King Tutankhamun, or King Tut for short, became ruler of Ancient Egypt more than 3,300 years ago when he was just nine years old. He died just a decade later, ending a rather unmemorable rule. In fact, the only remarkable thing about the Boy King is his death itself — specifically his burial. After years of excavation, British archaeologists found King Tut’s tomb in 1922, and nothing could have prepared them for the “wonderful things” they found there.
Tutankhamun’s tomb had been filled with precious objects to aid the Pharaoh on his journey into the afterlife. These included numerous exquisite artifacts such a crook and flail (the fundamental symbols of royal power in Ancient Egypt) made of gold and colored glass, elaborate pieces of jewelry, musical instruments, and even board games. This sensational trove of artifacts instantly turned King Tut into the most famous pharaoh on the planet.
Among these unprecedented riches, archaeologists also uncovered two beautiful daggers: one made almost entirely of gold, the other from iron with a hilt and sheath made of gold. While the gold blade is fitting for a man of King Tut’s status, the dagger made of iron seems rather perplexing at first glance since this was still the Bronze Age, a time when craftsmen had yet to perfect their metallurgical methods required to work with iron ore’s high melting point (over 1,500° C or 2,700 ° F).
But later investigations performed with modern analytical tools showed that the iron dagger was actually forged from a meteorite rather than from inaccessible iron ore deposits. This makes sense, considering the historical context. In 2017, Albert Jambon from the Institut de minéralogie, de physique des matériaux et de cosmochimie in France showed that all iron used during the Bronze Age was meteoric. Space artifacts, as it turns out, aren’t as rare as we might think.
In other words, the Boy King’s blade was literally extraterrestrial — the most fitting final parting gift for a royalty who was thought to descend from divinity.
A gift from the sky
In 2016, researchers from the Polytechnic University of Milan, in Italy, confirmed Tut’s dagger was truly made of a meteorite, which contained a ratio of nickel and cobalt that matched well with the composition of 11 iron-bearing meteorites analyzed in the same way. However, while this study answered what the original meteorite must have looked like, it didn’t tell us where it came from.
To better understand the origin of King Tut’s dagger, researchers from the Chiba Institute of Technology in Japan conducted a non-invasive chemical analysis of the premised artifact by shining X-rays onto it. The analysis revealed elements like iron, nickel, manganese, and cobalt, with sulfur, chlorine, calcium, and zinc found in greater abundance in the blackened spots on the blade,Gizmodo reported.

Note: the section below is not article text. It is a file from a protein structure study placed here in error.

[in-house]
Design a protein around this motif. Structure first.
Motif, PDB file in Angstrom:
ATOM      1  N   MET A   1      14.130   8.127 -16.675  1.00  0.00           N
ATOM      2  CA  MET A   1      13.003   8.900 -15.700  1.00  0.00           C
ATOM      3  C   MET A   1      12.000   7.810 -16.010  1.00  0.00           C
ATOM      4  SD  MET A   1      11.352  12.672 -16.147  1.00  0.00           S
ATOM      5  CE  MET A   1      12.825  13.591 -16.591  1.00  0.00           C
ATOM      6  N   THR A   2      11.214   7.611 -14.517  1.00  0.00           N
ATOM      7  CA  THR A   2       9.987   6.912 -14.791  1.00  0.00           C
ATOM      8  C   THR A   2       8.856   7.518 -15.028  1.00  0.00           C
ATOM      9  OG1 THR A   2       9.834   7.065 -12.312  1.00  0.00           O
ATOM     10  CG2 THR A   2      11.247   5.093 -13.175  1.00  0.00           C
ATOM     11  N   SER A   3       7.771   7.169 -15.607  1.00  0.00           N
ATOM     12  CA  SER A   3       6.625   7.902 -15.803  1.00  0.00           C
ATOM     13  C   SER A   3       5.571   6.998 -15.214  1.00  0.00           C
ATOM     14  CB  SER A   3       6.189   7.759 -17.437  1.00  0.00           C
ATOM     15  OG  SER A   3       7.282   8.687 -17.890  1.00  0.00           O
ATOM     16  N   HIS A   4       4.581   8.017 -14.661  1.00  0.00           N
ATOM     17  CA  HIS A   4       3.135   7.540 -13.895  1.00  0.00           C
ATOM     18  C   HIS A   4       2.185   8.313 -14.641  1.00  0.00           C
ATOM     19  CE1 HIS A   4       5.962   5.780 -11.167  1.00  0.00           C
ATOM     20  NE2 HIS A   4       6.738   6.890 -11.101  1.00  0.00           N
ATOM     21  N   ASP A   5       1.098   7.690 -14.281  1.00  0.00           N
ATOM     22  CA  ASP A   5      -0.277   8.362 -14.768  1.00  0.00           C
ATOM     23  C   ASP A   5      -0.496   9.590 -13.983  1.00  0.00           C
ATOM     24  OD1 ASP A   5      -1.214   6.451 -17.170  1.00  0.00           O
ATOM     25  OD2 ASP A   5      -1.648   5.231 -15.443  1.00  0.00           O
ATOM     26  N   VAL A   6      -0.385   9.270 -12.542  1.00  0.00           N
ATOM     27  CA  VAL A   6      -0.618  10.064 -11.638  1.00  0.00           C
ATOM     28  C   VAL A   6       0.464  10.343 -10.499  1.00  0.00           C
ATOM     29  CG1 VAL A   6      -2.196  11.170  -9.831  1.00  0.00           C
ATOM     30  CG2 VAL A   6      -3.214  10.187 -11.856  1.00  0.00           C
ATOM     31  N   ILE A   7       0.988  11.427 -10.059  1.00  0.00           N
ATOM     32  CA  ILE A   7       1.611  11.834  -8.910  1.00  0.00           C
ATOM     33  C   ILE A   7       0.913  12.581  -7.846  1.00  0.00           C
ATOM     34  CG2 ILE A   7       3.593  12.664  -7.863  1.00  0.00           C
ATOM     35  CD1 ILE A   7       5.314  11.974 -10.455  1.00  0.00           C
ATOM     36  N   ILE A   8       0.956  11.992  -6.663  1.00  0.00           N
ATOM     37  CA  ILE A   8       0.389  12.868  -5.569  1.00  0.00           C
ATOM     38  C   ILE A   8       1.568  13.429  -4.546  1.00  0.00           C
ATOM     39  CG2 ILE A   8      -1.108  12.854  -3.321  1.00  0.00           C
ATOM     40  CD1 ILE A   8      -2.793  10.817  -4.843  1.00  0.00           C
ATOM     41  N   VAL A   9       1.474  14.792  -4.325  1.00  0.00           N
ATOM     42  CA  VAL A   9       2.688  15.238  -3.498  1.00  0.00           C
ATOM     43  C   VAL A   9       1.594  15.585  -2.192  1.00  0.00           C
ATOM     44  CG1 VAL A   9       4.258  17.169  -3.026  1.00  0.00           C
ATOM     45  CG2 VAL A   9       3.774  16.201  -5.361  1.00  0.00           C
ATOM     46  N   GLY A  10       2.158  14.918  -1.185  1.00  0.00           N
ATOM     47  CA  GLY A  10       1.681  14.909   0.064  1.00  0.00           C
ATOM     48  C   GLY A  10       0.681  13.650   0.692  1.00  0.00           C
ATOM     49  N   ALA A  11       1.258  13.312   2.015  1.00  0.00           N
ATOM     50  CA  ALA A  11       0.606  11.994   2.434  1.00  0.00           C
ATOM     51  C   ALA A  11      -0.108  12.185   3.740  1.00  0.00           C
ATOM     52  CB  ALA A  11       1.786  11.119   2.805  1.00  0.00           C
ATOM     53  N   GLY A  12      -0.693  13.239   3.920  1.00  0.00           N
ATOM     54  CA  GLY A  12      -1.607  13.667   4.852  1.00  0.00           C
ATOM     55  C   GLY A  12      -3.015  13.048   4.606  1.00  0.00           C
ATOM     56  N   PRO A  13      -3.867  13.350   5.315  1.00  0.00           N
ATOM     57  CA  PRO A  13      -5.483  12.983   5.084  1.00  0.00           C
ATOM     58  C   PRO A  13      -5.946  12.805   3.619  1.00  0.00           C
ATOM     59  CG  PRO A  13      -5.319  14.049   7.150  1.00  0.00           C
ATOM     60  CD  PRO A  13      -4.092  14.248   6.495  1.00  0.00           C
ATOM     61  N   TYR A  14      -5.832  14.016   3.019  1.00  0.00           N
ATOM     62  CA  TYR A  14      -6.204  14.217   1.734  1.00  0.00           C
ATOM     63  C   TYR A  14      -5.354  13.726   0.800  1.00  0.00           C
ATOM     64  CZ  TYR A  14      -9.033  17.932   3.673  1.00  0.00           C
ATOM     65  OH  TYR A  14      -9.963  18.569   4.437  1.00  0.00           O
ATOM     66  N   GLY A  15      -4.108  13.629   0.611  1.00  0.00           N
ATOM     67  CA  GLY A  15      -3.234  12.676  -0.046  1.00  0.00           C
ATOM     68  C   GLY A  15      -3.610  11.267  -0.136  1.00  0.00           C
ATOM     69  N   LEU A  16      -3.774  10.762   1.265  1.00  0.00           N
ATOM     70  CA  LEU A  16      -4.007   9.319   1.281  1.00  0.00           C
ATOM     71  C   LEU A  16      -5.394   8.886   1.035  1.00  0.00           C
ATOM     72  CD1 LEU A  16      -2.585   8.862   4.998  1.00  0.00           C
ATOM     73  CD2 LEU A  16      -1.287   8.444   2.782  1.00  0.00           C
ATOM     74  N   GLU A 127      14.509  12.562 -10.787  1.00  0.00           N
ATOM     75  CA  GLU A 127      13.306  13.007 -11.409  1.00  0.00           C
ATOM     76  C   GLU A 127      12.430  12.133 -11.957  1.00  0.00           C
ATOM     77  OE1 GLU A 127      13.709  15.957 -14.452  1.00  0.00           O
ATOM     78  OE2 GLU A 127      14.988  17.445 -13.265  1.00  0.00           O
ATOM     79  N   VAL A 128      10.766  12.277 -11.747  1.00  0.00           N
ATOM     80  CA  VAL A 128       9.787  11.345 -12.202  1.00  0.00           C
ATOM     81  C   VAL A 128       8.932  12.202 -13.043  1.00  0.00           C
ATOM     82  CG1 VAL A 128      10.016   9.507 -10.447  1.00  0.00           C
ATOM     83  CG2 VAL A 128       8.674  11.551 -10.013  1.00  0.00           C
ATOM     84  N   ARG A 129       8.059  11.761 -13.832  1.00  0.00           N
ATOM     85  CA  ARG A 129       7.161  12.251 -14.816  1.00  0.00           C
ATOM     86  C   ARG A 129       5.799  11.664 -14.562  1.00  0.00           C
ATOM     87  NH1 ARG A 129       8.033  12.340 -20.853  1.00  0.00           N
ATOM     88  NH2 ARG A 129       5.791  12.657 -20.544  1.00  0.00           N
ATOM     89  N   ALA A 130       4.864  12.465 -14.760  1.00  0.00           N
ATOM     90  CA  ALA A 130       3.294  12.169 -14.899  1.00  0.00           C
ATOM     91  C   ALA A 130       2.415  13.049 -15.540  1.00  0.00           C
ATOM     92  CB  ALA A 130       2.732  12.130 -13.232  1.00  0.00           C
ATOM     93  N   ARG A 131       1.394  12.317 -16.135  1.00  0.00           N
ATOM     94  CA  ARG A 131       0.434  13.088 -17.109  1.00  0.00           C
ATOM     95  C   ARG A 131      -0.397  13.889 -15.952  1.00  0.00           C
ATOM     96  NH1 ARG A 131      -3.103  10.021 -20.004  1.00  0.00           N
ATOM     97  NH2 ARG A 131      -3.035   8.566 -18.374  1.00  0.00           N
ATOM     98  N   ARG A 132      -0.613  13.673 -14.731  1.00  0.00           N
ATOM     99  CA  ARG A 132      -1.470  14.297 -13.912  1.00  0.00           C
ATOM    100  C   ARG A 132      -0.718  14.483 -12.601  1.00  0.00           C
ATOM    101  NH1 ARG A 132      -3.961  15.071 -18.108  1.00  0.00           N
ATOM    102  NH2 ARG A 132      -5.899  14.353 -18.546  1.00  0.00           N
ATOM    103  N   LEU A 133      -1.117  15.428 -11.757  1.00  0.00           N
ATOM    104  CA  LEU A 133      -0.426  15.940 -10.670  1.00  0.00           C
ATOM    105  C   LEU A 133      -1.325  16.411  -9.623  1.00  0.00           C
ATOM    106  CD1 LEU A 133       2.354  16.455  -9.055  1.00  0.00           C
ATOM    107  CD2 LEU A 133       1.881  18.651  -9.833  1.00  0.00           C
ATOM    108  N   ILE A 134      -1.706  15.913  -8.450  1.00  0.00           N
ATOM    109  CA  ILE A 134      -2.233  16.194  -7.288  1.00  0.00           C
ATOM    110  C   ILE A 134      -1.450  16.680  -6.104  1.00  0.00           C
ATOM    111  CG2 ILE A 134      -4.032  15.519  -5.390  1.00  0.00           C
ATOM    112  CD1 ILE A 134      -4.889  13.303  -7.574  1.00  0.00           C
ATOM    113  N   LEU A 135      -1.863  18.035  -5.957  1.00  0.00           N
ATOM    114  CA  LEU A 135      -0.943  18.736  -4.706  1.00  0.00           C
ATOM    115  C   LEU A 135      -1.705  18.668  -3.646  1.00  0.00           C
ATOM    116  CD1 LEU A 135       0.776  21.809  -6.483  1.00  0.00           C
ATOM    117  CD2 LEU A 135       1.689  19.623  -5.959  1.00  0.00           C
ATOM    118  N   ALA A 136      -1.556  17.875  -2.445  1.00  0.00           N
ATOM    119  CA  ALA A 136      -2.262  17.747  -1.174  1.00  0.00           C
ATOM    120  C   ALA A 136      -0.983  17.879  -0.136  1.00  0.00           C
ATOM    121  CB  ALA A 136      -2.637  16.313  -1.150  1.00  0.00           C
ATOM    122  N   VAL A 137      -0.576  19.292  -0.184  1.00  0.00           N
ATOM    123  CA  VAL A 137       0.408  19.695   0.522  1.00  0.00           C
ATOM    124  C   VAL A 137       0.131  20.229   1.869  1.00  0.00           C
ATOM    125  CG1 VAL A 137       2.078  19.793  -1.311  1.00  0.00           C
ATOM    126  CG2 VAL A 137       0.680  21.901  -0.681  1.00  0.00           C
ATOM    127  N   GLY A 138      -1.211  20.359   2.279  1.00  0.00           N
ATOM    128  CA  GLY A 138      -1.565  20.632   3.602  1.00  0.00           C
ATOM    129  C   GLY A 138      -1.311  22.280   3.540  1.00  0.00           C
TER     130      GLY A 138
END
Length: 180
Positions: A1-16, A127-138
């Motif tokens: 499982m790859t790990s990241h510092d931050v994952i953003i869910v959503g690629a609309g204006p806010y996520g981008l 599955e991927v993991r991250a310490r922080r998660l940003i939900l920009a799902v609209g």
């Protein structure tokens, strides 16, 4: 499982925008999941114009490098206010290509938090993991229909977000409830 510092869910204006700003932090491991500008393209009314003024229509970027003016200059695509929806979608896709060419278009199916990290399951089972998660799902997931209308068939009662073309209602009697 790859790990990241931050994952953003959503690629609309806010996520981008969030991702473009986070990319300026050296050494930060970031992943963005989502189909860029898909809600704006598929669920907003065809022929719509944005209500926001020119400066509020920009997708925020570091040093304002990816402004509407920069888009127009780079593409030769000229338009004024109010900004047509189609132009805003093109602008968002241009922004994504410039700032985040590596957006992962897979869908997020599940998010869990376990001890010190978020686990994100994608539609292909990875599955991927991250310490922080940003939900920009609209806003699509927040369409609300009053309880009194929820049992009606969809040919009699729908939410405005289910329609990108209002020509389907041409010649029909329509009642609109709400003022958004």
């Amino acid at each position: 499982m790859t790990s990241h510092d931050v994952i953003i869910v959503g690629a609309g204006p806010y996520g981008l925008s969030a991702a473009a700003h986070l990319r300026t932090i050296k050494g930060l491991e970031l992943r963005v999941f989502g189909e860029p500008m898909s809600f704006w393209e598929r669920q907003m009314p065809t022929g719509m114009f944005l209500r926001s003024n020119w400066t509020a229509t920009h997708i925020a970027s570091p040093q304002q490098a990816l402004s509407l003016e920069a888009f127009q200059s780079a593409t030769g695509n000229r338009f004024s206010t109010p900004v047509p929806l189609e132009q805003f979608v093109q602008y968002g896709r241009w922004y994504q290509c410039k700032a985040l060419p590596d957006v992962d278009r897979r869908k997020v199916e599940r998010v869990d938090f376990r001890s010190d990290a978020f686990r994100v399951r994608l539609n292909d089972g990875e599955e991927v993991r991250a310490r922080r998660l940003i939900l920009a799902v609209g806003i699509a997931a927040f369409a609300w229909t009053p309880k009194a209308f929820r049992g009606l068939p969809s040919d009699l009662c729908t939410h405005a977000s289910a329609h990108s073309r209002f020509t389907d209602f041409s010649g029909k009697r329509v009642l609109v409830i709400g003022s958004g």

A similar elemental composition was reported by previous studies, but this time around the researchers also reported a cross-hatched texture, known as a Widmanstätten pattern, on both sides of the dagger. The Widmanstätten pattern has a chemical structure typical of an octahedrite, the largest and most common group of iron meteorites. Most originate from the Asteroid Belt between Mars and Jupiter.
To investigate if their hunch was correct, the Japanese researchers compared the results of the chemical analysis with the pattern on Shirihagi, a 22-kg octahedrite that was found in Japan in 1890, whose iron was used to forge a number of premium katanas acquired by the Taisho Emperor. Apparently, weapons made from meteorites were in great demand by royalty the world over.
The Widmanstätten pattern also hints at how the meteorite was processed by the ancient Egyptians. The cross-hatched texture, along with the presence of iron sulfide, hints that the dagger was forged at low heat, likely under 950 °C (1,742° F).
Most intriguing, the extraterrestrial dagger wasn’t forged specifically for King Tut or his burial. The Amarna letters (15th-14th century B.C.) — diplomatic correspondence, almost all written in Akkadian, an international language at that time — mention an iron dagger in a gold sheath that was gifted to Pharaoh Amenhotep III, Tutankhamun’s grandfather, by the king of Mitanni, an ancient kingdom in the region of Anatolia, with the occasion of the pharaoh’s wedding with the daughter of the Mitanni king. Since iron tools were exceedingly rare during the Bronze Age, let alone a dagger meant for a pharaoh, there’s a good chance Tut’s meteorite dagger was passed down to him as a family heirloom, the Japanese researchers note. Christine Lilyquist, the Lila Acheson Wallace Curator of Egyptology at The Metropolitan Museum of Art, first proposed in 1999 that the Amarna iron dagger and King Tut’s meteorite blade are one and the same.
King Tut’s dagger is now on display at the Egyptian Museum of Cairo.
UPDATE (27/2/2022): The article was corrected to clarify the link between the Amarna iron dagger and the meteorite blade, as well as mention Dr. Lilyquist as the first researcher who proposed the two historical artifacts may be one of the same.